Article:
Shot on Nintendo Switch (pinned)

Circus Electric uses a turn-based approach to combat where each player is positioned in a line, meaning that certain moves can only be used in certain positions, meaning you need to tactically consider your next move. Each battle requires up to four participants, and you have to use the skills of 15 different archetypes. Although only a few artists are available at the beginning, as you progress, you gain access to more diverse artists.

Each archetype has six different moves and abilities, varying in purpose, strength, and accuracy. Thus, while flamethrowers can deal damage to every member of the opposition from the back line, strongmen can deal the most damage from the front. As with the introductory guide, mastering each skill and ability requires a lot of attention. However, Circus Electrique quickly explains the pros and cons of each action, and combat is best learned by doing.

As a new addition to this fighting style, the game takes an extra step and introduces “loyalty” which acts as a secondary health bar. Your team depends on devotion to combat, which can be increased by using crafted items or by using morale-boosting abilities. Without devotion, fighters will run away from the match – great when there are few opponents, but not so great when your team packs up and leaves.

Circus Electric Review - Screenshot 5 of 6
Shot on Nintendo Switch (handheld/without dock)

The fight isn’t particularly difficult, and it becomes more of a fight over who can land the most vicious punch towards the end. As different characters enter combat, they gain experience which, as expected, can be used to level up and upgrade skills in the central hub. Increasing the skill level of a character will increase the chances of landing critical hits with a higher percentage of damage, as well as increasing devotion in general. So given that you level up your characters as you explore, combat won’t keep you awake at night.

The most charming element of Circus Electrique is certainly its rugged London steampunk landscape, where the adventure takes place. During dialogue, the game takes on an almost vintage Victorian, hand-drawn look that carries over to circus promotional posters and artist cards. Unfortunately, this same art style doesn’t apply to battles.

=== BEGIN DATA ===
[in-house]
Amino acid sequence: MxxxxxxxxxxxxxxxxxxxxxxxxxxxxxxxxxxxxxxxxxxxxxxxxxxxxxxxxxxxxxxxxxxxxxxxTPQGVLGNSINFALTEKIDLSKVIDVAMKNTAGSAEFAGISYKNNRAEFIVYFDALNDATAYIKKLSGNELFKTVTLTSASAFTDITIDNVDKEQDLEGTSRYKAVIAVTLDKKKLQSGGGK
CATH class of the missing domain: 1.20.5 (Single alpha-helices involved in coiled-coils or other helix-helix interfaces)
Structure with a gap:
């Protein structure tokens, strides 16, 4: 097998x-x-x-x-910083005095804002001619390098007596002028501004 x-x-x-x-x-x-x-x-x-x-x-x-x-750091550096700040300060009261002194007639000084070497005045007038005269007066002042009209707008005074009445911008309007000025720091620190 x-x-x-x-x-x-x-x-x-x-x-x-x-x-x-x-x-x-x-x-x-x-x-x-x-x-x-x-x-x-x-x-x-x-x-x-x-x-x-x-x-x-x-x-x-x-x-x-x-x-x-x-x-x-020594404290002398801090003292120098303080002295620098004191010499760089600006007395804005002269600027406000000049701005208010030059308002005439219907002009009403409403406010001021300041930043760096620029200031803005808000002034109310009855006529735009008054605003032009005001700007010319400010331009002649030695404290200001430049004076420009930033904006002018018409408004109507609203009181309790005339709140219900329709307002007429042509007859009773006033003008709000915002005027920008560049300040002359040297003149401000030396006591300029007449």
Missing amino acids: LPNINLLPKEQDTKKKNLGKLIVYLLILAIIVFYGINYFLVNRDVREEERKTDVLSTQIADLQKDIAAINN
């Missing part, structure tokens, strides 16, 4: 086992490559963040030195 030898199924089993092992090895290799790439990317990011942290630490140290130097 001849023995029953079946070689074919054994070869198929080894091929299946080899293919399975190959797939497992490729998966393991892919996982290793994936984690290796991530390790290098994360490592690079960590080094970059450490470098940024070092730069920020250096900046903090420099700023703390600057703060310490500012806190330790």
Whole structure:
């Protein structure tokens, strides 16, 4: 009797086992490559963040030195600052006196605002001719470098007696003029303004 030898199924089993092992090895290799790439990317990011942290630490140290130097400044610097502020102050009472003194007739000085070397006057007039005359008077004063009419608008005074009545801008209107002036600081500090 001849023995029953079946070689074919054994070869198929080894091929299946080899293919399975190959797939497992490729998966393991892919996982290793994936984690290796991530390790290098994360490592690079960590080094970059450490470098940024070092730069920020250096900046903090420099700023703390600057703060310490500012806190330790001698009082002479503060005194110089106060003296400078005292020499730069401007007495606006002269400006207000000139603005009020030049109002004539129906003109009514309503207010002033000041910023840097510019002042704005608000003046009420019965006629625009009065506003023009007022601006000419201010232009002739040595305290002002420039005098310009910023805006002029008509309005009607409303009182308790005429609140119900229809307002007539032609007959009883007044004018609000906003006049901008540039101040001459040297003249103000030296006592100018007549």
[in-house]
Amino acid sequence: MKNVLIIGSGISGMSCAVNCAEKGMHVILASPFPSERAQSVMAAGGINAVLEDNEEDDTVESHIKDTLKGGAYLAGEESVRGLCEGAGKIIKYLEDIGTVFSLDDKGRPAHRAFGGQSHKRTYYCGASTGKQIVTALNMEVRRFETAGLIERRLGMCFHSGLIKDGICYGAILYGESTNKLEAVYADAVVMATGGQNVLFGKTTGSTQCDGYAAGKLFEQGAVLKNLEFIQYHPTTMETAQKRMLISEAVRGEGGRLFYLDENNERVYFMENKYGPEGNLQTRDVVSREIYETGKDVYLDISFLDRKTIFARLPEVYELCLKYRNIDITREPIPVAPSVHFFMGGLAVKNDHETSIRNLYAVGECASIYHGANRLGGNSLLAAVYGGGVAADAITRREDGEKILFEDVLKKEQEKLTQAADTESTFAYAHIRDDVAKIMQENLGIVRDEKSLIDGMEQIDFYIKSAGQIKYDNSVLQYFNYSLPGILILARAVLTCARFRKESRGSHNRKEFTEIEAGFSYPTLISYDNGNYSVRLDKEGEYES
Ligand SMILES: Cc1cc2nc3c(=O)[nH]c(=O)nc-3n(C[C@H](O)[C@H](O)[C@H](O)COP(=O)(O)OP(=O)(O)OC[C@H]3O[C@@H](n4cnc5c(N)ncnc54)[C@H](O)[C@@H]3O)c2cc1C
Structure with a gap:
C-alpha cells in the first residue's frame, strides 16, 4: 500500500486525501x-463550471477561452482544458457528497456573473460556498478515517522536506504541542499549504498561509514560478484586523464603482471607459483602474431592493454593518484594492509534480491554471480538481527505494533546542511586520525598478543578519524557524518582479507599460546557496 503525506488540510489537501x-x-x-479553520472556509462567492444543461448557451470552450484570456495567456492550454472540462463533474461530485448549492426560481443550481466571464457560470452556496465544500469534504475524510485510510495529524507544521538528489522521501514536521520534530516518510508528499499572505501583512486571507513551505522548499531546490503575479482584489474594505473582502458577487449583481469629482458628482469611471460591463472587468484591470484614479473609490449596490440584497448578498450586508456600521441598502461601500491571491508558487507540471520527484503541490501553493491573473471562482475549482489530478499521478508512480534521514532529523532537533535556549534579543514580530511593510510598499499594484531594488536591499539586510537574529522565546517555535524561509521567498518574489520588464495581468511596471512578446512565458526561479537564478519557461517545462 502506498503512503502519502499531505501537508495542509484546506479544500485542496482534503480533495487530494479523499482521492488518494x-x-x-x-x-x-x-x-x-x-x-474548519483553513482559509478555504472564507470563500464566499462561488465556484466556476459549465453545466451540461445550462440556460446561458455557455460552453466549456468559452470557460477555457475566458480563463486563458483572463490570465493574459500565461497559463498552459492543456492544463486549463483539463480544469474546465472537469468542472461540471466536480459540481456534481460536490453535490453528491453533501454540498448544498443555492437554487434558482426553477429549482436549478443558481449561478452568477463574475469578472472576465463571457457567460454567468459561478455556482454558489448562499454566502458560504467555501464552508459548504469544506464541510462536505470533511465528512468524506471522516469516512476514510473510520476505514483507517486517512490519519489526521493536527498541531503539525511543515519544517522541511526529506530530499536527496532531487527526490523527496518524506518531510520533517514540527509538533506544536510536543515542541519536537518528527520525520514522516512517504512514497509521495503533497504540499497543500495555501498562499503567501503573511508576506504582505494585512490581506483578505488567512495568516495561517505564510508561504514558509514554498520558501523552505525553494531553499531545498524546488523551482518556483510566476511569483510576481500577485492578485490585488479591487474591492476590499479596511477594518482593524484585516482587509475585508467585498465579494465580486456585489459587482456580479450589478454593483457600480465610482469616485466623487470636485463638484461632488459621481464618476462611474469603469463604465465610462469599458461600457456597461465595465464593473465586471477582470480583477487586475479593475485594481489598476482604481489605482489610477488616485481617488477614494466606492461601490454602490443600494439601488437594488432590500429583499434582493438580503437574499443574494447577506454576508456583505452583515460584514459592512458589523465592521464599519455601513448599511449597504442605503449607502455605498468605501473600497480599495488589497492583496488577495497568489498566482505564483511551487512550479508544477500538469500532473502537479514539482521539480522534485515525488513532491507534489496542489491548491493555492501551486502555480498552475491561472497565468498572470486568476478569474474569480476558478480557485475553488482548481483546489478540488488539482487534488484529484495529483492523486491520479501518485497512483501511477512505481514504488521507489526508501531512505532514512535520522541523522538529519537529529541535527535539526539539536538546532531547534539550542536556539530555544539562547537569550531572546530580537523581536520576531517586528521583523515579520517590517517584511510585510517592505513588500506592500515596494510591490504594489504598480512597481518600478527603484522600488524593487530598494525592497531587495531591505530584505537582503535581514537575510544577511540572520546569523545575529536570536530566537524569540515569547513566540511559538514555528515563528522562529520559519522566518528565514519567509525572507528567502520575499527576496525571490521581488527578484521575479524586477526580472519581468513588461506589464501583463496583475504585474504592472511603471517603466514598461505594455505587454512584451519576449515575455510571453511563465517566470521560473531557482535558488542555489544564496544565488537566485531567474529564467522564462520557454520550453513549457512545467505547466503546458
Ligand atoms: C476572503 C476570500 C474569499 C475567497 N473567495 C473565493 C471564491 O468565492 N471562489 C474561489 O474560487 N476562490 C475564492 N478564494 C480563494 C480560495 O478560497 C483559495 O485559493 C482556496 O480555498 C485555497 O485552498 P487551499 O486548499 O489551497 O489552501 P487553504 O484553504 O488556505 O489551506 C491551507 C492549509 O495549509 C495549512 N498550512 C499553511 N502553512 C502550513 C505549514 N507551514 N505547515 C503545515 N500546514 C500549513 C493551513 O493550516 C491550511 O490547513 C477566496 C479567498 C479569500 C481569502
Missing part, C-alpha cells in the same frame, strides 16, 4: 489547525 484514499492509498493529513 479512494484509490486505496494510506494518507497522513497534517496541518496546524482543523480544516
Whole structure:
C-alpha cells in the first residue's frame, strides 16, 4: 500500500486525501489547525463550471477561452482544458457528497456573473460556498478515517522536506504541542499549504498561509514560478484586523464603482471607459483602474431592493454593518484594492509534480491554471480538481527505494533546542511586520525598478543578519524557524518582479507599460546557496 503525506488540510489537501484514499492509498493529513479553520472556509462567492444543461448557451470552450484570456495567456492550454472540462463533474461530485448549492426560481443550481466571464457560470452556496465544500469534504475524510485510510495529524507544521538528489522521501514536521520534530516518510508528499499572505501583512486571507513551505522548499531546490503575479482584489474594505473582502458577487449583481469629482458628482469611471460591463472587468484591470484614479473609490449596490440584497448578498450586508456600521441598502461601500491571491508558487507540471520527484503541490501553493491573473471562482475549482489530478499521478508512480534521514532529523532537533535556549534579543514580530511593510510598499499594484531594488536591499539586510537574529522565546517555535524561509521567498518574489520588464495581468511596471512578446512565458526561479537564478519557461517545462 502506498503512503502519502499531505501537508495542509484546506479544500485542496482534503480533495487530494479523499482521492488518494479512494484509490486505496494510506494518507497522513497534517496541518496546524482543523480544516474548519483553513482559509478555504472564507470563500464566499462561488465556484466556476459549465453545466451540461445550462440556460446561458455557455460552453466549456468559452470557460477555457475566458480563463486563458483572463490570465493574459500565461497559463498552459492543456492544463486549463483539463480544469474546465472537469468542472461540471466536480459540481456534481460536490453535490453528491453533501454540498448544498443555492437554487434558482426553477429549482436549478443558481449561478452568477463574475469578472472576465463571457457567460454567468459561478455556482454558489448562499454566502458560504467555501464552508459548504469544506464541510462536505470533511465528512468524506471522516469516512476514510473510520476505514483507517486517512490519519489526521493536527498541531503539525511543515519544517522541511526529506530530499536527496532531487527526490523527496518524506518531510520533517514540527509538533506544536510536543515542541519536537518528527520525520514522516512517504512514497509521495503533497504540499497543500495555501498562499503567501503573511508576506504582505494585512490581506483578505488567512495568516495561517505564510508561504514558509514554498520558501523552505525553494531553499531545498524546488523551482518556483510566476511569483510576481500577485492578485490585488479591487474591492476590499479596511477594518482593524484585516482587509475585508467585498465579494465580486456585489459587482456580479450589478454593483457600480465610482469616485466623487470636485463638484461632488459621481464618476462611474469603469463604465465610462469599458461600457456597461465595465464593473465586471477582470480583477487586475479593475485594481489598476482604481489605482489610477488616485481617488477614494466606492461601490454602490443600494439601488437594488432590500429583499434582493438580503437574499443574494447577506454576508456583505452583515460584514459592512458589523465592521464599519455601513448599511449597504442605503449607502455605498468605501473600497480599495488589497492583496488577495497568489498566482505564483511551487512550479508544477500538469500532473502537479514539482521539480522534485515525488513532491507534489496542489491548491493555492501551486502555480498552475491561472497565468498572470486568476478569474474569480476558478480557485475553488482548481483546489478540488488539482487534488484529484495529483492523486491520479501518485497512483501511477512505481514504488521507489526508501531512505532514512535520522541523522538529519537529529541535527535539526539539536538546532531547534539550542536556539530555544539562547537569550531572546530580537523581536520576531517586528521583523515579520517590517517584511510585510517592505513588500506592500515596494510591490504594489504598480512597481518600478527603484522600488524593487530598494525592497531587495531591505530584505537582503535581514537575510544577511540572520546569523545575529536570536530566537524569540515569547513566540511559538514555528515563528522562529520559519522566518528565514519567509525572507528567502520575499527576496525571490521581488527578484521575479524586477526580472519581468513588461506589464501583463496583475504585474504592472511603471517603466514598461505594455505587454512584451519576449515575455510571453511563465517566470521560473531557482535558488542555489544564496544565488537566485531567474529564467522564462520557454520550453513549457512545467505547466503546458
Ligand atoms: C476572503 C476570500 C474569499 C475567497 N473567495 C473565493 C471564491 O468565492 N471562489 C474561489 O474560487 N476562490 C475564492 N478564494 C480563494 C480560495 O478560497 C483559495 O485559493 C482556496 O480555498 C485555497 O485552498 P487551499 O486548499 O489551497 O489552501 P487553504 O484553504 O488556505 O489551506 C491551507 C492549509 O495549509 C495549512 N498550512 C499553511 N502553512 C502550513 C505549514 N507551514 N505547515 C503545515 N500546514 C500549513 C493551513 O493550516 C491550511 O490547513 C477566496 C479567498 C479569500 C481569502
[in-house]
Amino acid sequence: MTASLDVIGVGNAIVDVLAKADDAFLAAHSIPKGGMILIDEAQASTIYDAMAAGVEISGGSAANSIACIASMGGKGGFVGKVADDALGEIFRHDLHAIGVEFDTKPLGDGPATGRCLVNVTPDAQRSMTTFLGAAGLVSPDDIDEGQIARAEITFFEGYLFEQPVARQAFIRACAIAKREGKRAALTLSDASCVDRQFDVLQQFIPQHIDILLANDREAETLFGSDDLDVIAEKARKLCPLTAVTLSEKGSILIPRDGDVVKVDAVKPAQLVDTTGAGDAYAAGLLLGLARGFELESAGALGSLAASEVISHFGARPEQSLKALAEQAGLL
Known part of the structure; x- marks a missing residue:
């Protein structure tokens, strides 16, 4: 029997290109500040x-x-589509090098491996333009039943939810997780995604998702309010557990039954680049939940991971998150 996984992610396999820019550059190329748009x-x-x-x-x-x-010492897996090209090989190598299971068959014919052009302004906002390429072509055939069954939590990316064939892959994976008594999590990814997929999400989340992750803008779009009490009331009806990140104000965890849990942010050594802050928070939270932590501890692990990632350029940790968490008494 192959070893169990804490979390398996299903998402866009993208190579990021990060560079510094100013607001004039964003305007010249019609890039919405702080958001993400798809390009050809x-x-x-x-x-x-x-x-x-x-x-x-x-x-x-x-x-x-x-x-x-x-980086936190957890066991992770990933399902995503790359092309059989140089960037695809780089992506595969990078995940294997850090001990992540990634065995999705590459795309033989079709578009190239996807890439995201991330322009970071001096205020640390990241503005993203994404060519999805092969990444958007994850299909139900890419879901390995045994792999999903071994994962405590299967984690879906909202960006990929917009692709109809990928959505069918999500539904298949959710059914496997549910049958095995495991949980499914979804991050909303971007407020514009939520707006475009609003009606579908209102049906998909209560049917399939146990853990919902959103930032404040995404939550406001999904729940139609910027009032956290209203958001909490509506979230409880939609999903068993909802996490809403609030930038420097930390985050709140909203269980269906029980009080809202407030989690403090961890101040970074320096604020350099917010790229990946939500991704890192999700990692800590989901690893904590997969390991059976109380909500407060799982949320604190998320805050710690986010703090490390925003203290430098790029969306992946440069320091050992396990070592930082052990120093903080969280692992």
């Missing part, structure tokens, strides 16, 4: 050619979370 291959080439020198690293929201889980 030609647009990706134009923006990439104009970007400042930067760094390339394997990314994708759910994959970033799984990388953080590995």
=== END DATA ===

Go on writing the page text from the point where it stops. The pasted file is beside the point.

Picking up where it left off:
Characters of the same archetype look the same except for simple things like hair color, and the general appearance of characters in combat looks dull compared to their appearance in portraits. Unfortunately, the same can be said for the enemies you face, which quickly become a carbon copy of the previous battle you just faced, feeding on the tedious repetition of fights in the same zone.

Circus Electric Review - Screenshot 6 of 6
Shot on Nintendo Switch (pinned)

This does not mean that the first few combat encounters are not interesting. It’s fun to get into the abilities of each archetype, and the over-the-top martial nature reflects the humorous charm of the circus performers, so it’s a pity that this novelty disappears after the completion of the first city zone.


While Circus Electrique has its intriguing quirks, with its reliance on loyalty and occasional circus-management options, it comes with too many flaws. Since much of his story revolves around combat, he soon becomes an annoying rather than enjoyable element. The game offers a refreshing and unique twist on the genre; however, you lack the drive to want to fight on the streets of London in a steampunk style. The story grabs you at first, but it takes time to develop, and much of the initial dialogue is spent on family feuds that have no real content. Turn-based strategy fans and those who loved Darkest Dungeon may like Circus Electrique better, but it’s too rambling and repetitive to recommend wholeheartedly.

Source link

Leave a Reply

Your email address will not be published. Required fields are marked *

Back to top button